A favorite activity of astronauts and cosmonauts aboard the International Space Station is looking at the city lights below when the Station crosses the Earth’s dark side. The lights outline the densest population centers and coastlines, and suggest cultural patterns. Taking these low-light images using the equipment on board the Station has been challenging to the crew members because of the long exposure times required. Astronaut Don Pettit, who leaves the station for Earth today (May 3, 2003), has pioneered an approach using a home-made tracking system to track the ground as it moves relative to the Station, allowing him to acquire long-exposure images under low light conditions. Don’s ingenious “Barn-Door Tracker” is a camera mount with a rigged with a hand drill to create a motion tracking system (see http://science.nasa.gov/headlines/y2003/24mar_noseprints.htm for a description).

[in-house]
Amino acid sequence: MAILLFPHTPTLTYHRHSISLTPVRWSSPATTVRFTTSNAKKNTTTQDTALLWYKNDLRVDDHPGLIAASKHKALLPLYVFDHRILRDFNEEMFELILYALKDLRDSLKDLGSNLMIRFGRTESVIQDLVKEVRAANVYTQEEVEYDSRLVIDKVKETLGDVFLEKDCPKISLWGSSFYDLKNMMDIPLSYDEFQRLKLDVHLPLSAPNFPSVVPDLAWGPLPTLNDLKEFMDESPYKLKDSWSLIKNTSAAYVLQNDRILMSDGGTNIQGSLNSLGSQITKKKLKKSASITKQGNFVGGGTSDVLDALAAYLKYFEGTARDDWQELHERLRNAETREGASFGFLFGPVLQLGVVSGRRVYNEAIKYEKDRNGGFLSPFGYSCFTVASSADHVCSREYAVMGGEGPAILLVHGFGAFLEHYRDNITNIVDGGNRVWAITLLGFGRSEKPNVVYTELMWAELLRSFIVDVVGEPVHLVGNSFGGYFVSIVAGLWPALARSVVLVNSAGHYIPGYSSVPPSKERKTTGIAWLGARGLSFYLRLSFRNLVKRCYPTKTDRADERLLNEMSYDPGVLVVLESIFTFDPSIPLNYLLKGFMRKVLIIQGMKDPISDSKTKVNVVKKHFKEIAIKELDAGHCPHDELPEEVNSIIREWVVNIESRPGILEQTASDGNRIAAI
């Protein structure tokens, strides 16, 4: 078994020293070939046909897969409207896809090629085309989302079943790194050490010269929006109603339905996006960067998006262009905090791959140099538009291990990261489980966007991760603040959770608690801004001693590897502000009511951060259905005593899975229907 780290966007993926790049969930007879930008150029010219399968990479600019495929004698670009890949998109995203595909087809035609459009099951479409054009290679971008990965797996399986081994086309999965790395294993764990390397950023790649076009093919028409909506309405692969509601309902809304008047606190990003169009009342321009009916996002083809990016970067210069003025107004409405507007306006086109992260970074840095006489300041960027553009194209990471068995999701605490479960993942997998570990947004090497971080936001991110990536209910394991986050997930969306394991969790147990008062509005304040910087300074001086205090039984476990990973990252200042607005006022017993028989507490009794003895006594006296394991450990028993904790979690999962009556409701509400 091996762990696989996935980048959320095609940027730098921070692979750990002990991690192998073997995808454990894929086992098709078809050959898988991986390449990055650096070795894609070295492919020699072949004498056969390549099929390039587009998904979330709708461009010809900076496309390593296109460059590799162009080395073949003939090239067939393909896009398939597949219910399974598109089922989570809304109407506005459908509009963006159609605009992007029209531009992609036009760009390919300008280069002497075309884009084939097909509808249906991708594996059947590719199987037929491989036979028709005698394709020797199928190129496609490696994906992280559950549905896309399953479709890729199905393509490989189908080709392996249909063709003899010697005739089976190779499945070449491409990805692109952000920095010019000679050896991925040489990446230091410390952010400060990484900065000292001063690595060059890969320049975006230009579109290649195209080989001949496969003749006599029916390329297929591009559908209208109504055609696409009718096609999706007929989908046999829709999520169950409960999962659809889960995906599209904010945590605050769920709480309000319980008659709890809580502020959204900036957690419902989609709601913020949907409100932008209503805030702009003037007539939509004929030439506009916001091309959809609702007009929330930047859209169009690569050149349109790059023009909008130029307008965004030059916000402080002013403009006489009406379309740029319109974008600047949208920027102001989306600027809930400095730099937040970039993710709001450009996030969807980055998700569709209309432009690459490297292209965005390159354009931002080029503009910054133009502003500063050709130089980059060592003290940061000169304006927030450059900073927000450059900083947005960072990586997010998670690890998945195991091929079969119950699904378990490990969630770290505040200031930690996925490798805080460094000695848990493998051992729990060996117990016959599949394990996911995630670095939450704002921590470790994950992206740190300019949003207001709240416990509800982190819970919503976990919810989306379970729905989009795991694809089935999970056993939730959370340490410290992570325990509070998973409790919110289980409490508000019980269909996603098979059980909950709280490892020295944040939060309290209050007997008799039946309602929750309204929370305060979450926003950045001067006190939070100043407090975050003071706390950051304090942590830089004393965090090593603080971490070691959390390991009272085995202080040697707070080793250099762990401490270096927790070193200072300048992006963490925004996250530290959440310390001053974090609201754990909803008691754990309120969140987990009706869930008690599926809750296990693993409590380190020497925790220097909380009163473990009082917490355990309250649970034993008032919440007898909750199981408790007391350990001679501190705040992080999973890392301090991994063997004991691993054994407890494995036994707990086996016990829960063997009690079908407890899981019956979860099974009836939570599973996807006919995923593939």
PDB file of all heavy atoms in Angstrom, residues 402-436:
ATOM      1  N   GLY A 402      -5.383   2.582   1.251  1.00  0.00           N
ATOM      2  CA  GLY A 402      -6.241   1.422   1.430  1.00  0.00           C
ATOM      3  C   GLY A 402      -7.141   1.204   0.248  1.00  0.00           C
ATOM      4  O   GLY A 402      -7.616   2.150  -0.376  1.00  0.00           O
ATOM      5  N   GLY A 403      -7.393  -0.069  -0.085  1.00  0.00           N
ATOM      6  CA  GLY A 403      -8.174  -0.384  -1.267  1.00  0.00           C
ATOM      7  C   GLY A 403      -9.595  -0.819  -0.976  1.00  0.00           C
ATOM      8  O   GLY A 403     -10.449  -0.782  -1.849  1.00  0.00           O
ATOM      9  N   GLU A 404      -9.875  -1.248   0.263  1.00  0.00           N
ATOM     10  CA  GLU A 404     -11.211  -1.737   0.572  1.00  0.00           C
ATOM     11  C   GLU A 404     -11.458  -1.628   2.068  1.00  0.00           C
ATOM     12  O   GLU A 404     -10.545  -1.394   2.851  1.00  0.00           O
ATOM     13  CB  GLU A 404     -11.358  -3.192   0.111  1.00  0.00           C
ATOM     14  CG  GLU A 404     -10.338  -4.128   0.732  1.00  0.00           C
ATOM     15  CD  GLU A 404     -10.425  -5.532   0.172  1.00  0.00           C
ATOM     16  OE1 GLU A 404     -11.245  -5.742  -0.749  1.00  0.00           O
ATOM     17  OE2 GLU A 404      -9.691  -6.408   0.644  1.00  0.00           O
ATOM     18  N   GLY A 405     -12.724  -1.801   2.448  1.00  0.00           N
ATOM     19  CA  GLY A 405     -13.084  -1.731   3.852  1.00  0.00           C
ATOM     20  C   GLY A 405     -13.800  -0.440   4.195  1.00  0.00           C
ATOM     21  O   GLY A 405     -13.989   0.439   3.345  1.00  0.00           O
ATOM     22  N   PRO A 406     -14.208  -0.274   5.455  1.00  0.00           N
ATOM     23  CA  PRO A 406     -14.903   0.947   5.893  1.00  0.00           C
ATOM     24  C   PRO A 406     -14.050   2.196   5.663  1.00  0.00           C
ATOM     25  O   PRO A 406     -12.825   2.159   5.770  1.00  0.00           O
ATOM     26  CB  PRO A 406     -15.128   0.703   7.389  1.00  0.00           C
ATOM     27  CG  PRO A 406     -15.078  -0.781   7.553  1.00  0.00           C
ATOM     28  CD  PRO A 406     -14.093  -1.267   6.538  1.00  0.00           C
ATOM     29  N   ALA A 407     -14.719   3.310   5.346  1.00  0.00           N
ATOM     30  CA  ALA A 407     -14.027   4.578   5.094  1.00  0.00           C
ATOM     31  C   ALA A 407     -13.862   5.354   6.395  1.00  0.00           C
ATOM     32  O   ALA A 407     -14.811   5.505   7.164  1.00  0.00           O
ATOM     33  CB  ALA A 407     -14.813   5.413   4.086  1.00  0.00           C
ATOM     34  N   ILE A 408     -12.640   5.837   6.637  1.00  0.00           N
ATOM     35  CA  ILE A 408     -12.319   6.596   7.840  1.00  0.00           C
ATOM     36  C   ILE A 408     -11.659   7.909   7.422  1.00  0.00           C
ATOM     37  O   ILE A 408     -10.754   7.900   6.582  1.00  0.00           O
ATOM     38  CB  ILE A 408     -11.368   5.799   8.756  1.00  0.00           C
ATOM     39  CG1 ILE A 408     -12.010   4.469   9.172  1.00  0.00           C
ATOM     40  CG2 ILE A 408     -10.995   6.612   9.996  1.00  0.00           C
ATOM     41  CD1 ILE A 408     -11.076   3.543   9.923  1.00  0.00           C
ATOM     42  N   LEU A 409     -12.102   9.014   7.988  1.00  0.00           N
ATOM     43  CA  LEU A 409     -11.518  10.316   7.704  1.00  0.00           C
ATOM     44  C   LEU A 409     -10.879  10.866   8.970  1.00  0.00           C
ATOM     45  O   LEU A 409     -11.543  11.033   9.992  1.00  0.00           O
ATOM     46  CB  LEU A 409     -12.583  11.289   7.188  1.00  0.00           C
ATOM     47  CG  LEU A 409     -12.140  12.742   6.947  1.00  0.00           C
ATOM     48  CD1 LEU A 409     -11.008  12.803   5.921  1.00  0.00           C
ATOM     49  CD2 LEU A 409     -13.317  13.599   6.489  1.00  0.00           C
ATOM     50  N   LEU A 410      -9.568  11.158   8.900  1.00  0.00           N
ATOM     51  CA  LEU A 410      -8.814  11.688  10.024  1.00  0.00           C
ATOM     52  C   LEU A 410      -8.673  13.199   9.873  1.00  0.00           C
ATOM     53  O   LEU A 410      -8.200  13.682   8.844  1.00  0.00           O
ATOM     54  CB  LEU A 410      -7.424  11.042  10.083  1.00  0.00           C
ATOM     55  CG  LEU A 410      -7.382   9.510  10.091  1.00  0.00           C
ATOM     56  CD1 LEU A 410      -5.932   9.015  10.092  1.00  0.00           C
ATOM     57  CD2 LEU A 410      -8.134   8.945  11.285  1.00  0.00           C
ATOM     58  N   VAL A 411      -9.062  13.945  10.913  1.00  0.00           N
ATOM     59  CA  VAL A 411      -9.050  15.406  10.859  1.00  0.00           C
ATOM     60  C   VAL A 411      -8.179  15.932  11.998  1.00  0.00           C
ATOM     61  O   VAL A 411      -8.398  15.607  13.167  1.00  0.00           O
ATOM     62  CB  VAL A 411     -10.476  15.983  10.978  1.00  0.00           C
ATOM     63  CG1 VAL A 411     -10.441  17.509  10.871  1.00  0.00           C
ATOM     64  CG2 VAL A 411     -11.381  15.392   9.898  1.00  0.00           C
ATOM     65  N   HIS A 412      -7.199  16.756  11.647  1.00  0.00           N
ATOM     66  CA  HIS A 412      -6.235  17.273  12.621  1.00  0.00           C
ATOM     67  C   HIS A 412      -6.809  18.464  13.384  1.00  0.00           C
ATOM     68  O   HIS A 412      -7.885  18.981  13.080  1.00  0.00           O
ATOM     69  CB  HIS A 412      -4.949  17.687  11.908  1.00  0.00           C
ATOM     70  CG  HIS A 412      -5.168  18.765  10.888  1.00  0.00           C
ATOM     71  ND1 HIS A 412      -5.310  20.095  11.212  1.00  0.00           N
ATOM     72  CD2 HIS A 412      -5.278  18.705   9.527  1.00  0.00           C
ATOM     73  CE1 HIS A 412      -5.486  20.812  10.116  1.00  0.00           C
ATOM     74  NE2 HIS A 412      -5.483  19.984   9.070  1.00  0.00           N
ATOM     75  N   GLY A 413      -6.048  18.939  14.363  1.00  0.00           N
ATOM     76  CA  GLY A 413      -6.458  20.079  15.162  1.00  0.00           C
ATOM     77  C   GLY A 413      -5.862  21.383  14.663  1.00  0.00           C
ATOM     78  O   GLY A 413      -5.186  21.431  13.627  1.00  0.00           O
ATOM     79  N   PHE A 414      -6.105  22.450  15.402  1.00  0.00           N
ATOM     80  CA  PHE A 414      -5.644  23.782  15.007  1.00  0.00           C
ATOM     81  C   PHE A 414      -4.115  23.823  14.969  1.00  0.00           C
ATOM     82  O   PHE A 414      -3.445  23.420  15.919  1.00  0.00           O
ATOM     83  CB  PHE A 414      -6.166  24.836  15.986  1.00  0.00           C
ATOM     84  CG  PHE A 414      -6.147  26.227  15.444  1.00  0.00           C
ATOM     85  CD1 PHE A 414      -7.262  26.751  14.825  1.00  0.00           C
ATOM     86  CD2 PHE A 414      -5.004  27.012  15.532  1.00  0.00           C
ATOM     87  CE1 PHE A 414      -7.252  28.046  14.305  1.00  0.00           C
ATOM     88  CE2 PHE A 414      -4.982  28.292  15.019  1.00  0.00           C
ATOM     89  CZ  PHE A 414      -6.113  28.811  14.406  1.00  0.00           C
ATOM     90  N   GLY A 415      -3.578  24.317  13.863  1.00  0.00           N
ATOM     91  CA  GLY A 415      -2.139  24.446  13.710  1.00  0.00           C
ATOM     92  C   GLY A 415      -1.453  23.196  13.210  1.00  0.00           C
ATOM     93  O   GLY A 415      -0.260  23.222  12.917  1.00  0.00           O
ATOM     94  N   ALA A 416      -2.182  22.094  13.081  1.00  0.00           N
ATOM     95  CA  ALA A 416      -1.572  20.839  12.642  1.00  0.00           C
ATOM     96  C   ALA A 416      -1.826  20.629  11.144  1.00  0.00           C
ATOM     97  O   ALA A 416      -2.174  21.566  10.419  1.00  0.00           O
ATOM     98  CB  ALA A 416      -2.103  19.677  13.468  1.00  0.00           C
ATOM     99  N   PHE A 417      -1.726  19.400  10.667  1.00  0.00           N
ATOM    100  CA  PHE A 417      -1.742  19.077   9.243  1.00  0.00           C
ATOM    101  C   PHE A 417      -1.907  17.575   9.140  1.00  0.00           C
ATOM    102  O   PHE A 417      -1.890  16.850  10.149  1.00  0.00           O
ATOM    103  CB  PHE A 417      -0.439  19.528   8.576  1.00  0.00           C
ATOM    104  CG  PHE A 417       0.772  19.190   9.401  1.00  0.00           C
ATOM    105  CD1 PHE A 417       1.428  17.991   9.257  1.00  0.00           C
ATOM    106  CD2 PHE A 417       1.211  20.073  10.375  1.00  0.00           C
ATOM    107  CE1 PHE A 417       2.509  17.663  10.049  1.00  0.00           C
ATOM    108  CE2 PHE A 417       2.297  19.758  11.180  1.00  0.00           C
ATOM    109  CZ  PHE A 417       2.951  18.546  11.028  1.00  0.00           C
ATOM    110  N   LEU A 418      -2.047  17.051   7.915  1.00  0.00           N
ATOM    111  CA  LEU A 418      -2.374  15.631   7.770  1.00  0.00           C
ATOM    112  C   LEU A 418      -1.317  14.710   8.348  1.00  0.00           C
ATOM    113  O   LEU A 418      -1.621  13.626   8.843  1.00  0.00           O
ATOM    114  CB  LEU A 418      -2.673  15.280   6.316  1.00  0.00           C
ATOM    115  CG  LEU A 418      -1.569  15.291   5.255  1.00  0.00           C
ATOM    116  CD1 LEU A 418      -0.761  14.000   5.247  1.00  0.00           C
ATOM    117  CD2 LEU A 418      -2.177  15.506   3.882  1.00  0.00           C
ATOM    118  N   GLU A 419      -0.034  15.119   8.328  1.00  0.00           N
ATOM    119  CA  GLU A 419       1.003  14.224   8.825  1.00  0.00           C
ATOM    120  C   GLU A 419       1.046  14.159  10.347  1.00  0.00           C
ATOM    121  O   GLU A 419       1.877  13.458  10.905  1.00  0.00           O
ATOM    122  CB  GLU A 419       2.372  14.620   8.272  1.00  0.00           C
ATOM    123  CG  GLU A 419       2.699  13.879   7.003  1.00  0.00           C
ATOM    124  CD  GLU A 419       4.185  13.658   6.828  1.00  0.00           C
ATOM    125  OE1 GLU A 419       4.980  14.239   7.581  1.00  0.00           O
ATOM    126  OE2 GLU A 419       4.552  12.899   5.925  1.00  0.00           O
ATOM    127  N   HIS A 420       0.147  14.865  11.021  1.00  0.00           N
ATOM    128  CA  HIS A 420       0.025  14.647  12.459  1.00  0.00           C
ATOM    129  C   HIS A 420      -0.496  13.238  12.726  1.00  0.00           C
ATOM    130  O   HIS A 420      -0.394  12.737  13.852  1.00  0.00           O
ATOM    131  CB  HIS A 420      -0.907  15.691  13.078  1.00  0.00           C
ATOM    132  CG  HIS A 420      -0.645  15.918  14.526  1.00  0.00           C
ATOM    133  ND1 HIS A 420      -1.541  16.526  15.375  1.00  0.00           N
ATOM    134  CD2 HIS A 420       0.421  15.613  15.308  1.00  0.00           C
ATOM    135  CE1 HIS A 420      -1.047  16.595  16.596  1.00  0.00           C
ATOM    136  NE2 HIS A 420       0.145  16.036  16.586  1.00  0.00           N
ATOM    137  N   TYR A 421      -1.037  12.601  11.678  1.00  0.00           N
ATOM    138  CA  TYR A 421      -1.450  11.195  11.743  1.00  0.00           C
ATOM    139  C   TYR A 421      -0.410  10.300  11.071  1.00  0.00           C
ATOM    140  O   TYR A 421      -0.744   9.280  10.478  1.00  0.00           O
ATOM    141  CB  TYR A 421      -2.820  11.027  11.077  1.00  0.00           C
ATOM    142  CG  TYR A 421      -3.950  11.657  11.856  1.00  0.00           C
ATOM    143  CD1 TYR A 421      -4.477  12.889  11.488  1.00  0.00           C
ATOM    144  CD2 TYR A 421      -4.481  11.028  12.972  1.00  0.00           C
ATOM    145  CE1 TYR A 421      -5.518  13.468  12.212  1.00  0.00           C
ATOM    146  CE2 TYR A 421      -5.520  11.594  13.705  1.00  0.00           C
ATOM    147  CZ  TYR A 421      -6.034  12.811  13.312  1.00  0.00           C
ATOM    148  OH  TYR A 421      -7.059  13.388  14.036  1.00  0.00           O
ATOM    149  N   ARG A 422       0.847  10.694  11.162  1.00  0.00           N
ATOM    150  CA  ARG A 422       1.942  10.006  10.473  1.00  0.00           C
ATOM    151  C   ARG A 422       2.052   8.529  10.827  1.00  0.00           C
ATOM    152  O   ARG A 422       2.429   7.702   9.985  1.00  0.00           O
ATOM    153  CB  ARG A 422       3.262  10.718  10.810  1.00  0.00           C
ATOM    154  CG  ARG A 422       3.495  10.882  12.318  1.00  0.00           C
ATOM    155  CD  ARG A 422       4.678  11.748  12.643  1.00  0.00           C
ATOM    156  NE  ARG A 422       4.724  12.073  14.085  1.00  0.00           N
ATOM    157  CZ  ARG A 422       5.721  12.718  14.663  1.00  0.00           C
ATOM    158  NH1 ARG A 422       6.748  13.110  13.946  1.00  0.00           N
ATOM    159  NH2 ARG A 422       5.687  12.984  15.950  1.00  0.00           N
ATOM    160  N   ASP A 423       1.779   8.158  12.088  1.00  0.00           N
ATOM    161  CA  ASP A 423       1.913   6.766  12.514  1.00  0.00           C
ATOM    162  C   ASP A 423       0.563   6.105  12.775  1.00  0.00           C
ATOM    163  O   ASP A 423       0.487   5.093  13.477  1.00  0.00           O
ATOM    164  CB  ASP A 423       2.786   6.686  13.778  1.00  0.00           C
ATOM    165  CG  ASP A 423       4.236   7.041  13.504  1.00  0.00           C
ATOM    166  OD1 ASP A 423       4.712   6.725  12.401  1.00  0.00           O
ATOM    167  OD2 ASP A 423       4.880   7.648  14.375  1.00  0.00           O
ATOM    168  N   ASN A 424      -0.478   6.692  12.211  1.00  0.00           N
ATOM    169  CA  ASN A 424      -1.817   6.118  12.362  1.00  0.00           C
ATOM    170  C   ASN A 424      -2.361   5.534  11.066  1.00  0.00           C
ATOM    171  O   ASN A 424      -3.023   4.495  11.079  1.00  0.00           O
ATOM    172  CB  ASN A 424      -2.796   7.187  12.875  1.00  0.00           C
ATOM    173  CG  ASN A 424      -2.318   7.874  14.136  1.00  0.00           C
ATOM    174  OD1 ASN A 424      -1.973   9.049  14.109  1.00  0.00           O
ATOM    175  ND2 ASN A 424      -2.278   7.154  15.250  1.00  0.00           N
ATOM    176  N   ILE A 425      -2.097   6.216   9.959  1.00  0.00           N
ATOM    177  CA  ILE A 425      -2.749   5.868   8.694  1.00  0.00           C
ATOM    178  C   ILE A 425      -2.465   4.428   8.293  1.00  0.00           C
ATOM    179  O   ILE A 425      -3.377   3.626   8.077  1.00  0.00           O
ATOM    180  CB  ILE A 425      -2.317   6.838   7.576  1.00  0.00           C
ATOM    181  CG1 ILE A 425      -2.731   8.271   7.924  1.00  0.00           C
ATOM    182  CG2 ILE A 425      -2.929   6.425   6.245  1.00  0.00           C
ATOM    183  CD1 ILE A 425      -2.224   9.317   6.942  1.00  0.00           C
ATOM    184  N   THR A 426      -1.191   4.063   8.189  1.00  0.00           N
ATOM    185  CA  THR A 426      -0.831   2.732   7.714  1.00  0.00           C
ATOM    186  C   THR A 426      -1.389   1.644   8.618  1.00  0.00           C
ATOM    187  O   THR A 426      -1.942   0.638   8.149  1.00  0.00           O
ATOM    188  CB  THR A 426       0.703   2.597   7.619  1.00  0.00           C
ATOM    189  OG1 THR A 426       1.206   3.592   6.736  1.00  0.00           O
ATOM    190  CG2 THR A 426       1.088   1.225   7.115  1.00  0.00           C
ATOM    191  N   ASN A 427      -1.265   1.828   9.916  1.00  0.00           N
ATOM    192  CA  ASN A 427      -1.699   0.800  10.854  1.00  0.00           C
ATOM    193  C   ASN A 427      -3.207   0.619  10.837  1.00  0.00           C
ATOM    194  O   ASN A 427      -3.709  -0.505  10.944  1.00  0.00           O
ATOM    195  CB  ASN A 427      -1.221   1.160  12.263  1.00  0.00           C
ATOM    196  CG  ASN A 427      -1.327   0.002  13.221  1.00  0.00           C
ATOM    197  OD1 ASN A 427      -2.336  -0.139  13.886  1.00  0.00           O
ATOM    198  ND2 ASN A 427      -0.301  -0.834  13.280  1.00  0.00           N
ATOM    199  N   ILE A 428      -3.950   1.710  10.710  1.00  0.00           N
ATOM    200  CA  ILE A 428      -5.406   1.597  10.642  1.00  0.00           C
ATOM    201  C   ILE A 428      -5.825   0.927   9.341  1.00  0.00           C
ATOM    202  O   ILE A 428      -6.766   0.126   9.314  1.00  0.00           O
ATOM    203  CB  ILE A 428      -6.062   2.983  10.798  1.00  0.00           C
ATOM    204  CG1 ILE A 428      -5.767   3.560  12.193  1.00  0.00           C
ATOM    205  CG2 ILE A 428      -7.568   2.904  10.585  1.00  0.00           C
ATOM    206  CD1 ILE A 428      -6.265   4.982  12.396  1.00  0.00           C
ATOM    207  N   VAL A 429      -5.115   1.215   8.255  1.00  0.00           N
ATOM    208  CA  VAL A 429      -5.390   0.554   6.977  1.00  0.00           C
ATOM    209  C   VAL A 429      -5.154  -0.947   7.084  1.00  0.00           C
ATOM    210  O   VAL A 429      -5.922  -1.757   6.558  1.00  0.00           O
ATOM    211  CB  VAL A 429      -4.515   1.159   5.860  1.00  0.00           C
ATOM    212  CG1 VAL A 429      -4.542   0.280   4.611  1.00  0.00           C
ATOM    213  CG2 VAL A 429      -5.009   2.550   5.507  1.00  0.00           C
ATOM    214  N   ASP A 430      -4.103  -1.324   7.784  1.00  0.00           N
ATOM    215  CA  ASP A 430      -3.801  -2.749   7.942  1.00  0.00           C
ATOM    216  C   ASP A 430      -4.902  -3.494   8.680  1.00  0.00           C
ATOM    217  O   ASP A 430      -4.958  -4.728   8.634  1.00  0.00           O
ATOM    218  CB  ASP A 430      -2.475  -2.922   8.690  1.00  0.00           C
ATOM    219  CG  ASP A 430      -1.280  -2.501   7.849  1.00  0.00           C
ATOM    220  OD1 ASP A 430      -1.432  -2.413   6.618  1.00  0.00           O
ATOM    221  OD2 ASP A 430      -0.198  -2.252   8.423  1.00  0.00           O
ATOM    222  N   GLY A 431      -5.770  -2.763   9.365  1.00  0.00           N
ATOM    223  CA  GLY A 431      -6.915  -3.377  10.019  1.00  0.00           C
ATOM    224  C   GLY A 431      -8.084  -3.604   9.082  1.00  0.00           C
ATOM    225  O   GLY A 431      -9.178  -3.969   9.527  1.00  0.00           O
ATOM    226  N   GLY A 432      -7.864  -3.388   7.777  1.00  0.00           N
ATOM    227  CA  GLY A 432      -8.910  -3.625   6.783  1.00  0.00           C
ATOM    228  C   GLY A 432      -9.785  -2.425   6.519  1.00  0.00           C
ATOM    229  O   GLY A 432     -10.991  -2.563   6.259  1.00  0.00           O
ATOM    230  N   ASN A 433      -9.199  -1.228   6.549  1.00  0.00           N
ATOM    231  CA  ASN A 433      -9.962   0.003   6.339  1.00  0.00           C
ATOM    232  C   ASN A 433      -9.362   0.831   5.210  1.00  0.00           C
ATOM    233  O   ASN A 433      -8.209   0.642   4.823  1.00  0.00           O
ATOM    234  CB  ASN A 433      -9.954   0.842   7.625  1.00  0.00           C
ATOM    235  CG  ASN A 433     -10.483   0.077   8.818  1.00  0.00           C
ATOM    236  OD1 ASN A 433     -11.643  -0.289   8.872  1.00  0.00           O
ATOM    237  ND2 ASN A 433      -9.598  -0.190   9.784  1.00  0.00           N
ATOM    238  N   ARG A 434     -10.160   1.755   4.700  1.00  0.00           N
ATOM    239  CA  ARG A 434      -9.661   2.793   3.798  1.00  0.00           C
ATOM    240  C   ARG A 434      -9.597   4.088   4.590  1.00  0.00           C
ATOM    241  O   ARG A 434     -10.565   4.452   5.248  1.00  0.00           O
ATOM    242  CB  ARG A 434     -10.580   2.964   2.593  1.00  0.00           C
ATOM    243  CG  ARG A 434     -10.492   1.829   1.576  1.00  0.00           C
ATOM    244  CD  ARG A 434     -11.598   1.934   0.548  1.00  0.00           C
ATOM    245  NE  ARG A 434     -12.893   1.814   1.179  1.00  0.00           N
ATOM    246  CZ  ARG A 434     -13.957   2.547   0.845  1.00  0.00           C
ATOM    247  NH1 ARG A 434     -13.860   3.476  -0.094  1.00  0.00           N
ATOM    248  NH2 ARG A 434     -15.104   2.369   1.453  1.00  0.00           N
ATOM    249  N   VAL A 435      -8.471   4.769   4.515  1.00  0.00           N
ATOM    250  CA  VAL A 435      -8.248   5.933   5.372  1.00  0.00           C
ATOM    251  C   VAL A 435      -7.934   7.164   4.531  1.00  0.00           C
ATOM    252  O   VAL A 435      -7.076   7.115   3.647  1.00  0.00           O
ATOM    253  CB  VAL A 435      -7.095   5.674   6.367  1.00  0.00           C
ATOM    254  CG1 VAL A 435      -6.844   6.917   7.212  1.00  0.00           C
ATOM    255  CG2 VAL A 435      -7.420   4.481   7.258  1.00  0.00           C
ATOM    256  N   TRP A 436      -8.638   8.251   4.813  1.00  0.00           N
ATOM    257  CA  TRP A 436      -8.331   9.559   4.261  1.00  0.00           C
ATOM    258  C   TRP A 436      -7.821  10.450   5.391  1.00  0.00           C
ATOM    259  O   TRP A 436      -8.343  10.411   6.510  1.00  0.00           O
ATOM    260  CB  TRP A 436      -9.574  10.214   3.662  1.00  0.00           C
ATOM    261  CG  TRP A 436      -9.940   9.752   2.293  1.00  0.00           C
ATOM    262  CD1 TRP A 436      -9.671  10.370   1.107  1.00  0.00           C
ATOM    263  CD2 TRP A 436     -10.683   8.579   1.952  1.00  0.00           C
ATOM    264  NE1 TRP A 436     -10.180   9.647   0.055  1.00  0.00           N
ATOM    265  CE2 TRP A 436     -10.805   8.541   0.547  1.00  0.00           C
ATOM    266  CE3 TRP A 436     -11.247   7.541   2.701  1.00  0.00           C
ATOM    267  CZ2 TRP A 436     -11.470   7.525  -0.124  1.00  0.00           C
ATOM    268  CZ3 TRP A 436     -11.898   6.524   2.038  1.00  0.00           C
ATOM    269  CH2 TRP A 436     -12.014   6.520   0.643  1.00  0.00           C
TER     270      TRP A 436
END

This image shows the sprawling urban footprint of São Paulo, Brazil, South America’s largest city with roughly 17 million people. The different colors (pink, white, and gray) define different types and generations of streetlights. The port of Santos, on the right side of the photograph, is also well defined by lights.
Astronaut photograph ISS006-E-44689 was taken with a digital camera on April 12, 2003, and is provided by the Earth Sciences and Image Analysis Laboratory at Johnson Space Center. Additional images taken by astronauts and cosmonauts can be viewed at the NASA-JSC Gateway to Astronaut Photography of Earth.